For instance, I've been doing some research on fashion and fashion design. I've used the Internet to get some examples of the latest styles, listings of top designers, colour coordination, etc. In other words, I've gotten some pictures, diagrams, and lists. No website I've ever been to has an in depth study about fashion. For the most part, very few websites have in depth anything. I've noticed that you're lucky if you get more from a website than you would from a children's book on the same subject. Want info on planes? Sure, there's plenty of websites on planes and you can get pictures, specs, and stuff like that. But do you need a source that actually details the history of flight, different planes, how the planes were made, what innovations are present in a plane, what theatres the plane is used in? Good luck finding all that in one place, other than a book.

And folks, if your website is too hard for a majority of your patrons to use, don't give me this "Well, the website and the information is difficult. You have to learn to use it." Pardon the language, but that's bullshit. People don't want to learn how to use something, especially when there's things like a paper or a grade involved. They want the information, they want it now, and to hell with your pretty interface. I would rather have a text only telnet session that I can easily use than a beautiful graphical environment that's nothing but a pain in the ass. I think it's time that this place looked at hiring a different web developer.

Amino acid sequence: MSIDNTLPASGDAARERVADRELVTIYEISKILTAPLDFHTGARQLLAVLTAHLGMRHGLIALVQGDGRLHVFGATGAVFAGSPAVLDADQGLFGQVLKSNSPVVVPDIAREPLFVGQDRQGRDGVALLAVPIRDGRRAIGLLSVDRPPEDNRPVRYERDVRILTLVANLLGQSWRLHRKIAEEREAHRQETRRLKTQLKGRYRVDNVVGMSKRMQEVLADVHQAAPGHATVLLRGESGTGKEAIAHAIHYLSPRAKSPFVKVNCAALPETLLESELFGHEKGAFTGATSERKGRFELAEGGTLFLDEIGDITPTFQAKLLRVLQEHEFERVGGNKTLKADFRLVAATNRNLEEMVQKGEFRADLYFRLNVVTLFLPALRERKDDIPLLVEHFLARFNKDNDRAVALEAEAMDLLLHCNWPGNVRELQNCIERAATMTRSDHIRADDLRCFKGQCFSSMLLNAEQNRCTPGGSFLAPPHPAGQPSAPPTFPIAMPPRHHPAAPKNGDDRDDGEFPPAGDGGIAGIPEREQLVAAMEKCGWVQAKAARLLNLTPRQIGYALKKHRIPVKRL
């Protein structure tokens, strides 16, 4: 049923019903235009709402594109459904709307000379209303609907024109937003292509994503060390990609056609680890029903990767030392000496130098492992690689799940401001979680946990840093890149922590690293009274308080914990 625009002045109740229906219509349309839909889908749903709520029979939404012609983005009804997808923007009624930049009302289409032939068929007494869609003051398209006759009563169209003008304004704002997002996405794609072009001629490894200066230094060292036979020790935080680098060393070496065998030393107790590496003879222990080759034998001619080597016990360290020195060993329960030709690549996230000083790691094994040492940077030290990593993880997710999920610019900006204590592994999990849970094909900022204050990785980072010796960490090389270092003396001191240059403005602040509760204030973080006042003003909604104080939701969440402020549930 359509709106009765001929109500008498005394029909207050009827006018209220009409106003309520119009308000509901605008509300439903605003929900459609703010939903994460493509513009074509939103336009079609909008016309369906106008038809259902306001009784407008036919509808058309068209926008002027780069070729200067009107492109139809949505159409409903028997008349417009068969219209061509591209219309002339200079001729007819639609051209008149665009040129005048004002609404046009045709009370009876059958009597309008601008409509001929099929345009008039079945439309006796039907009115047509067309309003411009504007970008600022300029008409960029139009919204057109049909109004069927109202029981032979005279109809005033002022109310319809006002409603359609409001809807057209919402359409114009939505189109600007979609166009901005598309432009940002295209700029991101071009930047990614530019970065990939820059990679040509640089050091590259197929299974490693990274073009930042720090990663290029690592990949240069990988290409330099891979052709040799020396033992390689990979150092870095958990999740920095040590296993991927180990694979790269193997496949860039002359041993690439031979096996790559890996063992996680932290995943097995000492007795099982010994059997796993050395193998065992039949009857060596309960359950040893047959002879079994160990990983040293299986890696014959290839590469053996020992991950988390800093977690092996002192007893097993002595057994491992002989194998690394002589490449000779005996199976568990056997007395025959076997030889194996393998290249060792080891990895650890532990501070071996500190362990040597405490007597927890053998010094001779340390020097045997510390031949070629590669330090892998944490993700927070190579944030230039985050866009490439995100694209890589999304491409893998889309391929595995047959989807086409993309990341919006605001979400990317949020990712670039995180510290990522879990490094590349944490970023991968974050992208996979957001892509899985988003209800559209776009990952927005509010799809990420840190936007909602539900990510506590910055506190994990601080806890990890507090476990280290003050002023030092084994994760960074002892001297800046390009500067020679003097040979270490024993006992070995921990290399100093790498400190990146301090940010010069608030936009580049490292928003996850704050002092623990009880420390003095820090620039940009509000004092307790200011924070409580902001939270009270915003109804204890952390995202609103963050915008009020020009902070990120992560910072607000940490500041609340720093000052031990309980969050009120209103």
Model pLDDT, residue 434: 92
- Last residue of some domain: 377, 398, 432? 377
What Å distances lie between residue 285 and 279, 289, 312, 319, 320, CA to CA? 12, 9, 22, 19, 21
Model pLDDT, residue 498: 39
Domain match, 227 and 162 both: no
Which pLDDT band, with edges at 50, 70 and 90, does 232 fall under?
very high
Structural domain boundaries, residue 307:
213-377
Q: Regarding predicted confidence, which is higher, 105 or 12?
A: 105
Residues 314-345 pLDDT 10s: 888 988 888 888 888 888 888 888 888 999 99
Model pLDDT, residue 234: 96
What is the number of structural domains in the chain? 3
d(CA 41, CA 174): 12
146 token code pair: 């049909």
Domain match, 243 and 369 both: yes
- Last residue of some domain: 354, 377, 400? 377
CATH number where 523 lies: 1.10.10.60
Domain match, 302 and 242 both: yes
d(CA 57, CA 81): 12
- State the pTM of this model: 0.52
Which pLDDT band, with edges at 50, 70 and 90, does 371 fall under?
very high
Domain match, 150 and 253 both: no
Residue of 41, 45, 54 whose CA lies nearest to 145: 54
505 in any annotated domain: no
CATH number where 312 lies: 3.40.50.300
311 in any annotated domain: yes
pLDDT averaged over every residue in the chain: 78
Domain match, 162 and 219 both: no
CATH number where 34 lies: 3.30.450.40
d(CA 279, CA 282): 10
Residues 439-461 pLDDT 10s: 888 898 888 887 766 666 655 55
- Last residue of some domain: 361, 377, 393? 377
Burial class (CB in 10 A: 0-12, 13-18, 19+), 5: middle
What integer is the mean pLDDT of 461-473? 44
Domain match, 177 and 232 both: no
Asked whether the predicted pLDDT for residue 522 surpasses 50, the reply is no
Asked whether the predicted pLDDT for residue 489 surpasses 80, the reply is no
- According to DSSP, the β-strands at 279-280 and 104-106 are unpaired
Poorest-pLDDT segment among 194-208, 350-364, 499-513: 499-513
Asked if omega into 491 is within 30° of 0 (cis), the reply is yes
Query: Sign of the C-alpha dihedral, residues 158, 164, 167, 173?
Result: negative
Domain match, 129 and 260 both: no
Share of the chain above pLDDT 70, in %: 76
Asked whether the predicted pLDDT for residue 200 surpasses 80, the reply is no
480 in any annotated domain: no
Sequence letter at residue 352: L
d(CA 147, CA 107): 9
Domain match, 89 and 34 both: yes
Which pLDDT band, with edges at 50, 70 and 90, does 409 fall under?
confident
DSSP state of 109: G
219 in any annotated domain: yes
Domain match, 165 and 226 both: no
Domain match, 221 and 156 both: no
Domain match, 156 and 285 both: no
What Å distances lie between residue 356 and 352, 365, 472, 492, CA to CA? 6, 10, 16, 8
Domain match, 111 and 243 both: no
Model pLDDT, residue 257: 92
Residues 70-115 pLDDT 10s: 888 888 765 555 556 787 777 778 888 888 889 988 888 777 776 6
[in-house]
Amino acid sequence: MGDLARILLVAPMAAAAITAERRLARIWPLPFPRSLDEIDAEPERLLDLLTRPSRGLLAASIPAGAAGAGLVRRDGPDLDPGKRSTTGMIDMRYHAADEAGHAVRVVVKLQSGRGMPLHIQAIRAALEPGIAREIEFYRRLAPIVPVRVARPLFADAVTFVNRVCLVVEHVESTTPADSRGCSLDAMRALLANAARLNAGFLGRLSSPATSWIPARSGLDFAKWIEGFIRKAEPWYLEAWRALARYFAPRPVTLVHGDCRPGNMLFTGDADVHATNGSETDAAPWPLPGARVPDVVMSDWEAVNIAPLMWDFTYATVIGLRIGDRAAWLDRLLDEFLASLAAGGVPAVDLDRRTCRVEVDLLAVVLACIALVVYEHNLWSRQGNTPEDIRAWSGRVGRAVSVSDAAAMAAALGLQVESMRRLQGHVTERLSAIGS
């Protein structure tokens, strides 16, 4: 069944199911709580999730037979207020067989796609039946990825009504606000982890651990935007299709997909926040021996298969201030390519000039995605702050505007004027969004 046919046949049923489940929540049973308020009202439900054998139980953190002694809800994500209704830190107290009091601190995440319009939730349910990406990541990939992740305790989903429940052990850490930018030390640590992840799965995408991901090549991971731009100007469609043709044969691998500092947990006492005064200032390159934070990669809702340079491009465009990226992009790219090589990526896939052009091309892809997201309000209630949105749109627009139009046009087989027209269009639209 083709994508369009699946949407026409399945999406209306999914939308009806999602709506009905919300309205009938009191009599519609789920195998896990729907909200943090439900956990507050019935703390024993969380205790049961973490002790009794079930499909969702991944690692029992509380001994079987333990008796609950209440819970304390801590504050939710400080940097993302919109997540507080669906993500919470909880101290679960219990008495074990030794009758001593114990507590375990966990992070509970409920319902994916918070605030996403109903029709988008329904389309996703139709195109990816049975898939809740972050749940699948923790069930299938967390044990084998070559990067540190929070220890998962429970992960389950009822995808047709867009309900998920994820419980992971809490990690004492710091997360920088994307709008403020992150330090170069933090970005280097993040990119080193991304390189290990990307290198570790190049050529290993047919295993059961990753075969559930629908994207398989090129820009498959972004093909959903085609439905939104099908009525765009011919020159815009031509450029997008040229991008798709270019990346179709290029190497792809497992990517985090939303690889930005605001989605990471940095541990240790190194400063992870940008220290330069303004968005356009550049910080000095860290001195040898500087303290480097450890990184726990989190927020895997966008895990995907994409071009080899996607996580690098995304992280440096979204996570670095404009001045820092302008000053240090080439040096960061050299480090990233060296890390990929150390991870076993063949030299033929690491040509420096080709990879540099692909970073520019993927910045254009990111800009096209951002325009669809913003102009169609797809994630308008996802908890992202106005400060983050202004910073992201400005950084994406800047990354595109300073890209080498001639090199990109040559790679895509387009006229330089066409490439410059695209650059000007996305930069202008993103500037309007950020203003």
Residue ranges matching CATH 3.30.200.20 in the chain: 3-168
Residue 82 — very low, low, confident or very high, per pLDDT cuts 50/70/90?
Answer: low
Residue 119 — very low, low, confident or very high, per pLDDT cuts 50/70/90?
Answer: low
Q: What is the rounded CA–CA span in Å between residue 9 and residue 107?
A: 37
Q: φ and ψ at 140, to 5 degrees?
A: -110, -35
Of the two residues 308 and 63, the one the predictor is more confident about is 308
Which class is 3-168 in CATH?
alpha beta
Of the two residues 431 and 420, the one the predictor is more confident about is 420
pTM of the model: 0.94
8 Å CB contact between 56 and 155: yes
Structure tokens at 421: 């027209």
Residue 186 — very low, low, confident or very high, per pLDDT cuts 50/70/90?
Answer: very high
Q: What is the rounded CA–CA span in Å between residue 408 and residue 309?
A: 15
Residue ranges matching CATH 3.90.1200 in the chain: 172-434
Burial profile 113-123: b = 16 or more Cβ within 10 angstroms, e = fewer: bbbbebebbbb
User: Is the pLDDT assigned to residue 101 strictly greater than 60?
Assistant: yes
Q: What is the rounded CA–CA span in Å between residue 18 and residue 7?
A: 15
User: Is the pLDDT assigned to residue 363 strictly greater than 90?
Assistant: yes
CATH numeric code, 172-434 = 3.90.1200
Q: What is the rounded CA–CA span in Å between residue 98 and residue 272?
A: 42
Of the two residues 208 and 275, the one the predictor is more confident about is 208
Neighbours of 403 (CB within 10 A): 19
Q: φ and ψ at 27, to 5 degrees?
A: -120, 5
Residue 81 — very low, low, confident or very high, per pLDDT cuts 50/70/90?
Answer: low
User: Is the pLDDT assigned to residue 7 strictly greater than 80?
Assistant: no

And while Google is the librarian's best friend and worst enemy, it's nowhere near exhaustive. We all know that, because we're librarians. We never seem to stress it enough to our patrons though that yes, there is life after Google. I've had screaming matches with my computer because Google isn't finding something that should be so simple, I should've been able to type www.(my subject here).com.

As for fines and fees, I hate 'em. We stared doing them over two years ago and they've been a thorn in my butt ever since. But ya know something? I've yet to see a better way to get our materials back. So I can agree with these people that are upset that they got charged a fine for a book they had to have and needed all throughout their report. But I have one more question for them: Ever heard of taking notes?

Barnes and Noble's nice, and libraries that remove the book jackets from the books need to get over themselves. People are attracted by nice jackets with pretty colours and nice art. You want them attracted to your books, stop stripping them. The nice thing about libraries is that they don't actually have to buy the books. We need to push for the fact that, even with overdues, it's still cheaper than buying the book.

Yet more pandering to students!!! When is this ever going to stop? Part of the educational process is learning to use the appropriate scholarly systems. Libraries are set up for a reason and students need to learn to conform to the system.Thye don't need search engines. They need to be given a pile of books and told to go sit in a chair until they have actually learned something.

The "homework calculator" described in the article, which sends email reminders to students on a schedule they specify, sounds like a very useful tool, even if it's more handholding than a college student probably should have